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September 15, 2018 will mark the 10-year anniversary of the collapse of the investment bank Lehman Brothers – an event widely accepted as the start of the Global Financial Crisis (GFC). The bankruptcy of Lehman Brothers led to a run on money market funds and a financial market shock that required massive central banks’ interventions, and bailouts of banks to prevent a collapse of the financial system. The global economy still entered a recession as the global real GDP growth declined from 5.6% in 2007 to 0.1% in 2009.
Over 10 years after the GFC, the global economy has gradually recovered. The US economy is undergoing a temporary boom with 2.6% growth forecast in 2018-2019. The Eurozone outlook is also optimistic with the real GDP growth projected at 2.0% in 2018-2019.
The long-term view, however, shows that household income and consumption are still depressed under negative effects of the GFC. Per capita consumption in the US is still 10% lower than it would have been under the trend growth over the last 50 years. The Eurozone as a whole has significantly underperformed the US economy in 2001-2017 by this measure, due to the extra shocks of the Eurozone crisis in 2011-2014, followed by a weak recovery. Eurozone per capita consumption is still just 1.6% above its pre-GFC level, with the aggregate average also masking strong differences among the member countries.
In China, the GFC’s impact has been smoothed out by a large fiscal and credit stimulus programme, though economic growth still slowed down gradually. Real GDP growth declined from 14.2% in 2007 to 6.3% in 2018-2019. The cost of the stimulus was an excessive rise in debt and investment levels and decline of consumption to GDP. Despite the recent rebalancing of the economy, China’s consumption to GDP ratio was 38% in 2017, compared to an emerging markets average of 51.5%. On the positive side, China saw a massive rise in living standards, with GDP per capita in PPP terms rising from 9% of the US in 2001 to 28% in 2017.
Slow increases in labour productivity are a global phenomenon in the last 15-20 years. Part of the productivity growth slowdown reflects persistent effects of the GFC. In the Eurozone and the US, fixed investment to GDP ratios remain below their pre-GFC levels. Lower investment rates have cumulated into less production capital, less research and development and lower gains from capital-biased technical progress. The GFC also contributed to a decline in new business entry rates and greater misallocation of capital across firms.
But the Eurozone economy’s performance has lagged behind the US, suggesting several Eurozone-specific factors. Labour productivity over 2001-2018 has increased at a 1.8% annual rate in the US, compared to below 1% annually in the Eurozone, which has been one of the main negative factors for the Eurozone economy in 2001-2018. A smaller proportion of high-skilled workers and stricter product and labour market regulations in the Eurozone relative to the US have reduced the ability of Eurozone firms to benefit from new information and communication technologies.
Despite broad expectations to see deleveraging after the GFC, the global debt continues to grow. The global non-financial sector debt has soared from 206% in 2008 to 243% in 2017. However, there are important differences among countries in terms of borrowing sector.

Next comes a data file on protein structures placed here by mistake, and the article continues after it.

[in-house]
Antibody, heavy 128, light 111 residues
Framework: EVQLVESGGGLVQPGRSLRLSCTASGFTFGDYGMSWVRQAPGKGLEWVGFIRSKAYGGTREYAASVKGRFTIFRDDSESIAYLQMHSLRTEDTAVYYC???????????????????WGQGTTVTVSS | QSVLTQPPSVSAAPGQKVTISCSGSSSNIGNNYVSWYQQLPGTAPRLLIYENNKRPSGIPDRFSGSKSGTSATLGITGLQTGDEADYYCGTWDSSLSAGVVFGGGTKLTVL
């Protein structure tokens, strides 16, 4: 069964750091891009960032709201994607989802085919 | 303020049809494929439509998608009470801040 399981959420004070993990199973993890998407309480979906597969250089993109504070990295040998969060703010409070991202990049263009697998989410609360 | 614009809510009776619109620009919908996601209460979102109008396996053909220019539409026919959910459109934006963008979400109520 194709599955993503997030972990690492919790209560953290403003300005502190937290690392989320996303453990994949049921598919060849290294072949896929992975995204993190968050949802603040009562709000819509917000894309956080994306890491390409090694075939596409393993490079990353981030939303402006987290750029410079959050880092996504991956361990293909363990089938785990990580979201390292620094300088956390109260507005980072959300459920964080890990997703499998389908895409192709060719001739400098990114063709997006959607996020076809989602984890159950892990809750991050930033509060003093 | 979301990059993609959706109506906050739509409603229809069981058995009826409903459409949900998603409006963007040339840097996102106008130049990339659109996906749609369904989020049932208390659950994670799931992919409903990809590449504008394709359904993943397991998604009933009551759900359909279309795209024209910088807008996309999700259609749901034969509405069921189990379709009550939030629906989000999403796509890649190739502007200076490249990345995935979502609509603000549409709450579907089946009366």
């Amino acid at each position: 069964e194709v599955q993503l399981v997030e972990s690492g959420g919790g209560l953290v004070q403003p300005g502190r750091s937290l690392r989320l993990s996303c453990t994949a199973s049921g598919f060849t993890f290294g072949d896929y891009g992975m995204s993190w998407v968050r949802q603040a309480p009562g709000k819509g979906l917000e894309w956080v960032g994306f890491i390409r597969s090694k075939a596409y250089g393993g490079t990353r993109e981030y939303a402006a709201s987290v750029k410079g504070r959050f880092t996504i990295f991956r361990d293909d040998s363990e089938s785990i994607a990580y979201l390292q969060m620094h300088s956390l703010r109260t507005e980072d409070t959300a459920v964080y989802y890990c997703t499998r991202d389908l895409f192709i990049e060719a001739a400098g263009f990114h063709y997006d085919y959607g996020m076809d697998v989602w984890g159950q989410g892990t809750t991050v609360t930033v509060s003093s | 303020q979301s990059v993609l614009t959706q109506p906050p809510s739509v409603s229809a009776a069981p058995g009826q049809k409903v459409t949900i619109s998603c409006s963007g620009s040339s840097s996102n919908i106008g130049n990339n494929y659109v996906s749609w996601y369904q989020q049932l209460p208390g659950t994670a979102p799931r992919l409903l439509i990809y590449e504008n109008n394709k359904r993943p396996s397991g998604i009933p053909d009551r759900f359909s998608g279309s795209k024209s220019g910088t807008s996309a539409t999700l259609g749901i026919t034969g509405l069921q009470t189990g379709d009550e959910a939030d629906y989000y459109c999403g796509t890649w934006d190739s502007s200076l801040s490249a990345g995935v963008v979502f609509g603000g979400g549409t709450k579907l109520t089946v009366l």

Excessive household borrowing was a key contributor to the financial crisis. US household sector has deleveraged after 2008, though household debt to GDP is still higher than in 2001. US corporate debt ratios, on the other hand, are rising again after some deleveraging in 2012. As of now, the rise in corporate debt levels does not appear to pose a major risk to the financial system, but it could emerge as a threat over a 5-year horizon.
In contrast to the US, the Eurozone economy has barely deleveraged since 2008. Total non-financial private sector debt to GDP is now higher than in the US. While the Eurozone household sector is much less indebted than the US, the non-financial corporate sector has a high debt burden, still exceeding 100% of GDP. This leaves it vulnerable to faster than expected interest rate increases or other financial shocks.
China’s credit and fiscal stimulus programmes have led to ballooning non-financial sector debt levels, rising from 143% of GDP in 2008 to 256% of GDP in 2017. Corporate debt to GDP started falling in 2016, but this was compensated by rising government and household debt. Household debt levels have increased above the average for emerging markets (40% of GDP); however, they are still quite low at 47%. While China’s debt levels are likely to remain extremely high by emerging markets’ standards over the next five years, any banking crisis is likely to be contained, causing a major downturn but avoiding a hard landing.
Macro Model is Euromonitor International’s quarterly forecast model for the global economy. Macro Model provides forecasts of the world’s major economies for GDP, inflation, interest rates and unemployment in 58 countries. It is also a powerful interactive tool to examine alternative “what if” scenarios, like a major trade war, and to see the flow-on effects across countries. This enables businesses to stress-test their strategy against hypothetical economic shocks.
Learn more by downloading our strategy briefing, Global Economic Forecasts: Q3 2018.